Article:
His father was later put to death, and among Ulrich Simon's books his A Theology of Auschwitz (1967) must be the most chilling. His account, in his autobiography Sitting in Judgement (1978), of the difficulties of his reception in Britain is a reminder that attitudes to refugees have not changed much in the intervening years.
Unexpectedly the non- practising Jew found himself attracted to the Church of England, and in what seems to have been an astonishingly short space of time he had become a Christian, and enrolled at King's College London with a view to ordination. He graduated and, after a brief time at Lincoln Theological College, was ordained in 1938 (would he have been interned as a suspected enemy alien if that had not happened?) and, after two parish curacies, returned to King's to spend the rest of his working life on its staff.
For many people, theology at King's was embodied by the unlikely combination of two wonderful but very different pastors: its Dean, Sydney Evans, the establishment man and superb organiser par excellence, and the utterly unpredictable Ulrich Simon.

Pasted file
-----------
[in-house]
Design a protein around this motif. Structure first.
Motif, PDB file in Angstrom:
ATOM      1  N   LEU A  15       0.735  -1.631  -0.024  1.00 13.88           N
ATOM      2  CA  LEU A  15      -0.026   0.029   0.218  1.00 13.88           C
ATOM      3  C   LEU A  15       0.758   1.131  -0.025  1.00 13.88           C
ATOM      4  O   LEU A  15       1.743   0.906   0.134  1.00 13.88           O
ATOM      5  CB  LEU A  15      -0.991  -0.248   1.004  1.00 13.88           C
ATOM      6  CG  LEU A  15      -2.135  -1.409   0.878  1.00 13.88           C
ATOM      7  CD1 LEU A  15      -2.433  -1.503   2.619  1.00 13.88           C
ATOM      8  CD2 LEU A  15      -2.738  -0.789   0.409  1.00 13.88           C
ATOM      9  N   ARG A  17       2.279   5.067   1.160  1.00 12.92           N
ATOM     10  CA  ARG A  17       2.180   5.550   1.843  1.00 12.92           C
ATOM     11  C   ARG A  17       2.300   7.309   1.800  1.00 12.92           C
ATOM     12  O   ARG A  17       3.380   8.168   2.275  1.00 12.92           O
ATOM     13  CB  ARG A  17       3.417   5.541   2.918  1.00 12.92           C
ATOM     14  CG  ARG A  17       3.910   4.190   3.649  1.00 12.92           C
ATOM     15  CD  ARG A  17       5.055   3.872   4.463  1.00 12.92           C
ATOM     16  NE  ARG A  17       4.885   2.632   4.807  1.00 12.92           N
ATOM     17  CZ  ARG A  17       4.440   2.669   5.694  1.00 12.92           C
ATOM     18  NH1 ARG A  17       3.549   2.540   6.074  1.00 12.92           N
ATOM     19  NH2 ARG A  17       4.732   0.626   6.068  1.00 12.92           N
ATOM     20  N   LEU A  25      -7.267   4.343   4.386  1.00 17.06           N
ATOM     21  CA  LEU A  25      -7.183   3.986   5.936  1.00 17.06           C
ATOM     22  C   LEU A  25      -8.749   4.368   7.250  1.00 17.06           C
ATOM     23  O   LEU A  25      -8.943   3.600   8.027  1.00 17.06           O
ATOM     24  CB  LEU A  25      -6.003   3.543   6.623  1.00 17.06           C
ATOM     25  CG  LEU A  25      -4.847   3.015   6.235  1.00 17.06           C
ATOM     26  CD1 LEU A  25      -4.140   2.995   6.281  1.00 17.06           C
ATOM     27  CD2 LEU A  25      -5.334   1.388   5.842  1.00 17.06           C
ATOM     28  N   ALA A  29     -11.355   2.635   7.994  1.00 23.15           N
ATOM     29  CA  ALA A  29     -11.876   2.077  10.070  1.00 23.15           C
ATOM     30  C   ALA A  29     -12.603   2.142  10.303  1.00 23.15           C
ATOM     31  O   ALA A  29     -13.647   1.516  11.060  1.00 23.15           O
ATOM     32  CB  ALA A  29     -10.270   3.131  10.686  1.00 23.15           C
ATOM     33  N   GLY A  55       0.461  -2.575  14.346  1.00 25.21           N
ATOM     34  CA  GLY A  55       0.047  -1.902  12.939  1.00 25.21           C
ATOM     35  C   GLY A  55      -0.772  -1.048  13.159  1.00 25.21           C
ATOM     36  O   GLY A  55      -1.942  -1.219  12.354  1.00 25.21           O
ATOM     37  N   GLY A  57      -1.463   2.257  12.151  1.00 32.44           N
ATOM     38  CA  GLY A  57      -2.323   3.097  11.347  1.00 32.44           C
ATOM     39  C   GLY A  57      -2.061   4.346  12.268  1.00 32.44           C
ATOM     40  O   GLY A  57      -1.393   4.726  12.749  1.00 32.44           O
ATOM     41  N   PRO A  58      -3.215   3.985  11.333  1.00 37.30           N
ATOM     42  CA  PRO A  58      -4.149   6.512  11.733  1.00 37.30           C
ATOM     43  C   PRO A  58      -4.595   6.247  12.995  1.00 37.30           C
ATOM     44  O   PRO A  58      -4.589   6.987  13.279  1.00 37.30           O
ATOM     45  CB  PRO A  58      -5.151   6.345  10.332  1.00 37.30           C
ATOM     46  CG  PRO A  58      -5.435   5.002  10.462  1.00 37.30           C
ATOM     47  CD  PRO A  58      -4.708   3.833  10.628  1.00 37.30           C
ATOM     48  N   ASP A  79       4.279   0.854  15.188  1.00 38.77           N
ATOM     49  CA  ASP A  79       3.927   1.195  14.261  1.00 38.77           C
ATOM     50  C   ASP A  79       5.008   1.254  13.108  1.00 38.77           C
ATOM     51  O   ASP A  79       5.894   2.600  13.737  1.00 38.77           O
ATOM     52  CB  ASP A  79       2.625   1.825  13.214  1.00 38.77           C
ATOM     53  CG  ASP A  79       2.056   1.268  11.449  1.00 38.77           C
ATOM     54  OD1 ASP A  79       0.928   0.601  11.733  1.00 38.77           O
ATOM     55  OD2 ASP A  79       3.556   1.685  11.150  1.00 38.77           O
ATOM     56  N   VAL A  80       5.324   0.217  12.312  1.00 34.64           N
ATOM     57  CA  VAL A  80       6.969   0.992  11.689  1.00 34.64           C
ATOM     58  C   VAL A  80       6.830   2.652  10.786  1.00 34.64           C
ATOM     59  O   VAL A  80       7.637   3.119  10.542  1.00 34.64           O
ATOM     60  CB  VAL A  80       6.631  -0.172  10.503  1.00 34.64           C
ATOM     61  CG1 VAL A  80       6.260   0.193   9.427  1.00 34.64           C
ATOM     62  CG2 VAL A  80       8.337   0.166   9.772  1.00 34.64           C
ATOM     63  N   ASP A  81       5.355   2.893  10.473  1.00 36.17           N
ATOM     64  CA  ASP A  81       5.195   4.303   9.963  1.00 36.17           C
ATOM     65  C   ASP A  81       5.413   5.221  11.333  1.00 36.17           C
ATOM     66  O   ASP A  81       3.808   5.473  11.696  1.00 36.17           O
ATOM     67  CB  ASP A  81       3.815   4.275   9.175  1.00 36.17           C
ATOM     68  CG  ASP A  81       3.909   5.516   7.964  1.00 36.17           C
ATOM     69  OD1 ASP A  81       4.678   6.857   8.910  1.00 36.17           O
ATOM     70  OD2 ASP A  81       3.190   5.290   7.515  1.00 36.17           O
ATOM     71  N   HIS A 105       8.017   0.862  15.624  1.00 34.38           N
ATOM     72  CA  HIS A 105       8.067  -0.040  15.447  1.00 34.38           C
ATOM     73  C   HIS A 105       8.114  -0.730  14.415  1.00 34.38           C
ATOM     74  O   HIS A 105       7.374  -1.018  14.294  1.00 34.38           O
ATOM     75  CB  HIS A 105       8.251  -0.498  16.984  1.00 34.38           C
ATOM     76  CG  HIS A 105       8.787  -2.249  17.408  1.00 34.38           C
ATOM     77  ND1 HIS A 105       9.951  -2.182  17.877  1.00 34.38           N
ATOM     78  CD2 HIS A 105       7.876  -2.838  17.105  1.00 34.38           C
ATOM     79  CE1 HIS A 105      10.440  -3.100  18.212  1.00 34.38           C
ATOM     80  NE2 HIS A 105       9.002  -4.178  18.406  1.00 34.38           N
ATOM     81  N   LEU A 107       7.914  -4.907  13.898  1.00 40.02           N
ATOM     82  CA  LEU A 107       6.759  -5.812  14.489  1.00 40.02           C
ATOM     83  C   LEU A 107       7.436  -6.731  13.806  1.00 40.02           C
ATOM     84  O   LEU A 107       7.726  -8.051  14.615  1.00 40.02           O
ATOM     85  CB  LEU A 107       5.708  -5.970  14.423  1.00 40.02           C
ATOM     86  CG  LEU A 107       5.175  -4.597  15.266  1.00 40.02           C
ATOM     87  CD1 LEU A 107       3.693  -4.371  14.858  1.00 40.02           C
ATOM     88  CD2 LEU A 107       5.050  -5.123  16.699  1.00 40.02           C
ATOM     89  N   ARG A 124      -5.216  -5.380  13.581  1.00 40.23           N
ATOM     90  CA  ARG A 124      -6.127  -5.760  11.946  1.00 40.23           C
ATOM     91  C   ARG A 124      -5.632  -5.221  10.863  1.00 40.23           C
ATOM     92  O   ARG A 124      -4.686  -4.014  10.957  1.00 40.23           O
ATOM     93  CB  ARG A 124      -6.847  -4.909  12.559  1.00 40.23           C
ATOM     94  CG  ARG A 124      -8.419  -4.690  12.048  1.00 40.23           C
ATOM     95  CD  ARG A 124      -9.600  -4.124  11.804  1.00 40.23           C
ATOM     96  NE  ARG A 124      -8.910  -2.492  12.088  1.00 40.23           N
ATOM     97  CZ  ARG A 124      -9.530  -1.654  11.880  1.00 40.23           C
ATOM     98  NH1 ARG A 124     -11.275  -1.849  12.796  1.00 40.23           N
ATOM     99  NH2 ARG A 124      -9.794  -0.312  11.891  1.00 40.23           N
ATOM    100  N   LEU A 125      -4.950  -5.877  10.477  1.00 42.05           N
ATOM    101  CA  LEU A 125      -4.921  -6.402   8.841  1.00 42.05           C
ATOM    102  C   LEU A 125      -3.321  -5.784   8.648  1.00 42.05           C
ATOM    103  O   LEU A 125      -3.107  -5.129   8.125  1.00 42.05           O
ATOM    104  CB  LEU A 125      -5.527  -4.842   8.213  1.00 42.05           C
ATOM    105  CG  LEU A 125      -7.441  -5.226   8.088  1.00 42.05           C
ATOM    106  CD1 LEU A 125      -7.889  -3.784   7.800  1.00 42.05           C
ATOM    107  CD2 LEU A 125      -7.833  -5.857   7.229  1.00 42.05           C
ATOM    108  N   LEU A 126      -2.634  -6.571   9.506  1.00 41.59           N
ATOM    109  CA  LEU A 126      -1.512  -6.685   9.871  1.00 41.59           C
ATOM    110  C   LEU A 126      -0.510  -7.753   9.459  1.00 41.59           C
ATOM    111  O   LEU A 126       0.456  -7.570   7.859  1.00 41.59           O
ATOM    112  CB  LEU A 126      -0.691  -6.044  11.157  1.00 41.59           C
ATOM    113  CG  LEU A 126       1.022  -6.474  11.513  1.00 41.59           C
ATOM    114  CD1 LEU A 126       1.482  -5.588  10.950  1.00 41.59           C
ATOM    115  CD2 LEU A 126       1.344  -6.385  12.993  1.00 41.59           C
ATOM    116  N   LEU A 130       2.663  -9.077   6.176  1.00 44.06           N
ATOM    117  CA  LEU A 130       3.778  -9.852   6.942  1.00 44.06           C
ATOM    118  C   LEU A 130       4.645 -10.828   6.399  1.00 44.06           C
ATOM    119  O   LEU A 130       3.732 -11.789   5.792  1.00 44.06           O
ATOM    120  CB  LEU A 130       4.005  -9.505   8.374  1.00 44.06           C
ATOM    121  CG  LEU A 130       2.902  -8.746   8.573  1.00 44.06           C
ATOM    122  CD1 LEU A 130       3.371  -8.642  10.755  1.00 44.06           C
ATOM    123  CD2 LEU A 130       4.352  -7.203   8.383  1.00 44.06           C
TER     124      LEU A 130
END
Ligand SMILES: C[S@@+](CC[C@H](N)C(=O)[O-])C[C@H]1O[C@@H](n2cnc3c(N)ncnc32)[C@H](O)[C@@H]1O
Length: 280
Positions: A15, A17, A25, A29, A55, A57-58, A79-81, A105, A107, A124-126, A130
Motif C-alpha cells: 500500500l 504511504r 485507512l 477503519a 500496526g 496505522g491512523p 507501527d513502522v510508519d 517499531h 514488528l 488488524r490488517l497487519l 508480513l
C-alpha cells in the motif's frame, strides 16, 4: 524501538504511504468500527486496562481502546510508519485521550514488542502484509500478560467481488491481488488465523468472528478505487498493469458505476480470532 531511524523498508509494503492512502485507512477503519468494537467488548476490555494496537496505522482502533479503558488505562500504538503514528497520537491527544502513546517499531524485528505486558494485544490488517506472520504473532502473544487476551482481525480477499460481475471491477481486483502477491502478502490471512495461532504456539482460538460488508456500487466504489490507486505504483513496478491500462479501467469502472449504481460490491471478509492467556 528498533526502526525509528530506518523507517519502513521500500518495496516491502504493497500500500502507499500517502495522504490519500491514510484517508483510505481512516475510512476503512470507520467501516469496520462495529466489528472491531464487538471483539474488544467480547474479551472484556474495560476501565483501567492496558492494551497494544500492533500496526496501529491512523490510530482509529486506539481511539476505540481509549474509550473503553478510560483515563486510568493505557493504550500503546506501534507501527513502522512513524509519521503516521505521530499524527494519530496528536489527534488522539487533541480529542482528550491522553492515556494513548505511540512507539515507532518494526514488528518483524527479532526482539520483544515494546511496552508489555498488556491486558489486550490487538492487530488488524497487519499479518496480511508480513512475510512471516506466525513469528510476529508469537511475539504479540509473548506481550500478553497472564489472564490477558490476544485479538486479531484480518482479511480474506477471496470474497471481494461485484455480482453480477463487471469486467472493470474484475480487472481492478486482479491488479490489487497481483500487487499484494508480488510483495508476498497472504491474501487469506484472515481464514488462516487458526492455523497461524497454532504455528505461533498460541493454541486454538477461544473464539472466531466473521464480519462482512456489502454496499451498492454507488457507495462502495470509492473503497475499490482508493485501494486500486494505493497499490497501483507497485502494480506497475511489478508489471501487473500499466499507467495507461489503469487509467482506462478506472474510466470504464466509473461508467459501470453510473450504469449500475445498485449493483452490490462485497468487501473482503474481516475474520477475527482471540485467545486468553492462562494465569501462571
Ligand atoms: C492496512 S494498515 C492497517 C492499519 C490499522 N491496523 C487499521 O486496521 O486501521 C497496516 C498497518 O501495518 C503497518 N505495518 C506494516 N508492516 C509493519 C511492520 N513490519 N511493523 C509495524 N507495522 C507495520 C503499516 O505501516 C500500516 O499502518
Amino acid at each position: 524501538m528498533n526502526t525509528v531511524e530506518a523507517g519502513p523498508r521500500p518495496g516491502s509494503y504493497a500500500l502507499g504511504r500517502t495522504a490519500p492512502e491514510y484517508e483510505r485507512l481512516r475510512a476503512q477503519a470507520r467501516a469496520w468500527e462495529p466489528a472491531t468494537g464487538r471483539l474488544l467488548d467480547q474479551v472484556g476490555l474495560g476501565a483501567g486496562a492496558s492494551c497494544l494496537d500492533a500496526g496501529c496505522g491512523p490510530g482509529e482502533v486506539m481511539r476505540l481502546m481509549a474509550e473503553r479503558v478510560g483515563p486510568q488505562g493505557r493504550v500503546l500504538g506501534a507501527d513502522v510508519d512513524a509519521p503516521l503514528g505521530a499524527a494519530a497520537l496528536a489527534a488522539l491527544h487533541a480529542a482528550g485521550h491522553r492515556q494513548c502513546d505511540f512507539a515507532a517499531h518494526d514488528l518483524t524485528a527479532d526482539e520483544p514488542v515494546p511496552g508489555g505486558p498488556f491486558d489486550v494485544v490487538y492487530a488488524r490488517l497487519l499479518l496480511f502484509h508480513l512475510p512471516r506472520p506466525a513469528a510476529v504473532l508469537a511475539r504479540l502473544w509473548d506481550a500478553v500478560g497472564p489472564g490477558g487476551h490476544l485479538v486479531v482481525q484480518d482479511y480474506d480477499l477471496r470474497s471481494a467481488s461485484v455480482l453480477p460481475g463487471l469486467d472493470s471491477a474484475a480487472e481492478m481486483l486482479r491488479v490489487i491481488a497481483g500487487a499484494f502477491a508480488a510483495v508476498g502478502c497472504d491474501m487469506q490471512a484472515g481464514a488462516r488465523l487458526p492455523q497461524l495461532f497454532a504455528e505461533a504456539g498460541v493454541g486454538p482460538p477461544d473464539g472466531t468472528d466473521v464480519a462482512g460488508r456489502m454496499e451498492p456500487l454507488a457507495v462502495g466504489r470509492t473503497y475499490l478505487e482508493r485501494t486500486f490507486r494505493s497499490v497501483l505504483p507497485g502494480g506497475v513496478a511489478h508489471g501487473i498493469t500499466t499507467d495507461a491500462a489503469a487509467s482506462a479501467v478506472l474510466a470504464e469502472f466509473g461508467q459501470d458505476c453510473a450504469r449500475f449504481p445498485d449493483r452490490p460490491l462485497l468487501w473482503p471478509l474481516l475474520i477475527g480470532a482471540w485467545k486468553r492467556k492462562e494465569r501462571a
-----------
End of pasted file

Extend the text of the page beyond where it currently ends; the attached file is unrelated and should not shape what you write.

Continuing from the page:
Simon wrote extensively (a dozen books), but he never fitted into neat categories. He loved the Hebrew Scriptures, and his lectureship (later Readership) was in Old Testament. But as my first experience of him showed he was never a conventional Old Testament scholar. His study of Isaiah 40-55, Theology of Salvation (1953), displays rare insights, but features on few conventional reading-lists.
It was a disappointment to him that he did not receive the Old Testament professorship, but the electors wisely offered the chair to someone more in tune with mainstream scholarship. When Simon became a Professor, it was a personal chair with the title of Professor of Christian Literature - an apt and imaginative choice of title, for his knowledge of Christian literature was all- embracing. Dante, Blake, Holderlin, Dostoevsky - the range was enormous, the knowledge profound.